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Re: Training Methods

The Ryman Setters Forum Forums Training Training Methods Re: Training Methods


Great topic.  I enjoy hearing how other people go about training their dogs, whether they be ryman or other breeds.  

For my rymans (and Mike’s Fr Brits) we are definitely “less is more” people.  The only specific training that we do are the basics: come, sit, stay and kennel.  Other than that it is all experiential.  It starts with walks with puppies in the fields and woods.  They learn to keep track of us yet be independent.  I have always been fortunate to have wild birds for my pups to learn on once they were a few months old and on our “walks” they would encounter grouse/woodcock – now it’s usually quail.  Back when I saw how quickly my first ryman became skilled at grouse from just those somewhat limited contacts, I knew I was hooked on rymans.  The Gordons I owned previously were not as precocious nor as naturally staunch. 

Not everyone has the good fortune of being able to walk into wild birds though.  For many years I ran a training group at my old farm in Vermont where my focus was on showing owners how to train and handle their dogs.  It was a lot of fun and over the years probably 50 people and 15 different breeds participated.  I kept the fields groomed and trails cut through the woods;  we used quail plus I kept a loft of pigeons.  I helped to start many a youngster for other folks and polished up many hunting dogs and competition-bound dogs.  Puppies were allowed to be puppies, bumping and chasing as they may and introducing a blank gun while they were chasing. Most pups started pointing pretty quickly with this no-pressure approach.  (I have to say that the show-bred English Setters were the weakest for natural point of any dogs that came there and required checkcord work just to get them to stop at scent, let alone actually point.)  Once a pup was pointing and holding point I felt the owner needed to make a decision.  If it was to be a hunting dog I recommended stopping the released bird experiences and work on getting pup into wild birds.  This is what I would/will do with my own pups if for whatever reason I cannot get them wild contacts.   If the owners were going to be doing preserves, hunt tests or trials with released birds they would usually continue training, adding controls such as checkcords and launchers to compensate for the pen raised birds.  For my own dogs, the wild birds were the instructors and taught them lessons I could never duplicate….scenting, trailing, using wind and cover, what is too close, etc.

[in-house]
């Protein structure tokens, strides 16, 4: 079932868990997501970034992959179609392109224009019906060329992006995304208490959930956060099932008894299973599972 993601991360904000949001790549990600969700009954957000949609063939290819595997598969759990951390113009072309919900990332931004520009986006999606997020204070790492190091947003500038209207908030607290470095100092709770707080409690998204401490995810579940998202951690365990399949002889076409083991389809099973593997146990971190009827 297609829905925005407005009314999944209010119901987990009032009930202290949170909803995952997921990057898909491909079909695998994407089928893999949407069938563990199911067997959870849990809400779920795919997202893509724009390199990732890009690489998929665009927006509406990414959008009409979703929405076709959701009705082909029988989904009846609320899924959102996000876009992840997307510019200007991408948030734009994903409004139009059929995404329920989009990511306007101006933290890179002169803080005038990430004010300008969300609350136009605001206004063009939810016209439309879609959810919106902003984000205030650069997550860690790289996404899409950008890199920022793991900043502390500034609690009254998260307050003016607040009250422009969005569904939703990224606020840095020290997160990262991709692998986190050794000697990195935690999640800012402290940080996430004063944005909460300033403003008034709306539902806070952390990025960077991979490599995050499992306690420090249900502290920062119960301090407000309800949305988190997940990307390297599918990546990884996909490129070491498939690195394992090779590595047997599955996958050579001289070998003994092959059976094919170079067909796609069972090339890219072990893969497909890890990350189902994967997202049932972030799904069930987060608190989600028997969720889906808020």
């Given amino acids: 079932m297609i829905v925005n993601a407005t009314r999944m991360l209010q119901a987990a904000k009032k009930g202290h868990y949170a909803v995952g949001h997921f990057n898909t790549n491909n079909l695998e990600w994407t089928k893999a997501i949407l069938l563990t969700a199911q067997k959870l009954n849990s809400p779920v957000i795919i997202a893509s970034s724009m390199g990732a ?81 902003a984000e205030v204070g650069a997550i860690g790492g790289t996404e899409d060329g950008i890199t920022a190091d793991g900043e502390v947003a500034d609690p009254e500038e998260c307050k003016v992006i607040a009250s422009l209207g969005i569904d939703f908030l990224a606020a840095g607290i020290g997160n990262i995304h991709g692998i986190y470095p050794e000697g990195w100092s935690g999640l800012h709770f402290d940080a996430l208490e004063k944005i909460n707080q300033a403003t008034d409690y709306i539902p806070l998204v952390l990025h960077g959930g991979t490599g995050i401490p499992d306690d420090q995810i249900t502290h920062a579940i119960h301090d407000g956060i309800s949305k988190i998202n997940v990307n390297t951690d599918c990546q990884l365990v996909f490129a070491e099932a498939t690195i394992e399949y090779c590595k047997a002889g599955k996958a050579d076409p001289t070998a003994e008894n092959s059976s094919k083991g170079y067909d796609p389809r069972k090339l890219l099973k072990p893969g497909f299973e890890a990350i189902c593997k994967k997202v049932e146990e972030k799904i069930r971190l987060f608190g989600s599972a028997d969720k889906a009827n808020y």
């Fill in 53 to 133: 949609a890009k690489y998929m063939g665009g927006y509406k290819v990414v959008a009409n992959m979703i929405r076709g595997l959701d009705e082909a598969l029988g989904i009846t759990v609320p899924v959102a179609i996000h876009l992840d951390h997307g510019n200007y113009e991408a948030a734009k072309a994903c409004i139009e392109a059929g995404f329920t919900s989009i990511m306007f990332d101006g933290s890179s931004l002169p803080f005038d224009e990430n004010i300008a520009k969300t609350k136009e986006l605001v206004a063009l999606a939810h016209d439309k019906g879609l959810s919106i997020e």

There is a big difference between wanting a dog that is staunch on point vs a broke dog ie, steady through wing and shot.  My personal experience is that my rymans become naturally staunch within a season or two, meaning that they hold point until we, the gunners, cause the flush.  Anyone who prefers or requires a broke dog will of course have to do training to obtain that since standing still while game (dinner) leaves the area is not a natural instinct.  

We do now introduce whoa because we typically hunt 3-4 dogs at a time and in some habitat a dog coming in cannot see that there is another dog on point.  We then teach whoa in context, saying their name, giving a hand signal and this word “whoa” which is weird to them so they usually slow down and start looking around, wondering what the heck is going on.  Once they see the dog on point they ‘get it’ and stop to back.  We are finding that they pick up what whoa means very quickly this way and we can even use it around the house if we want. 

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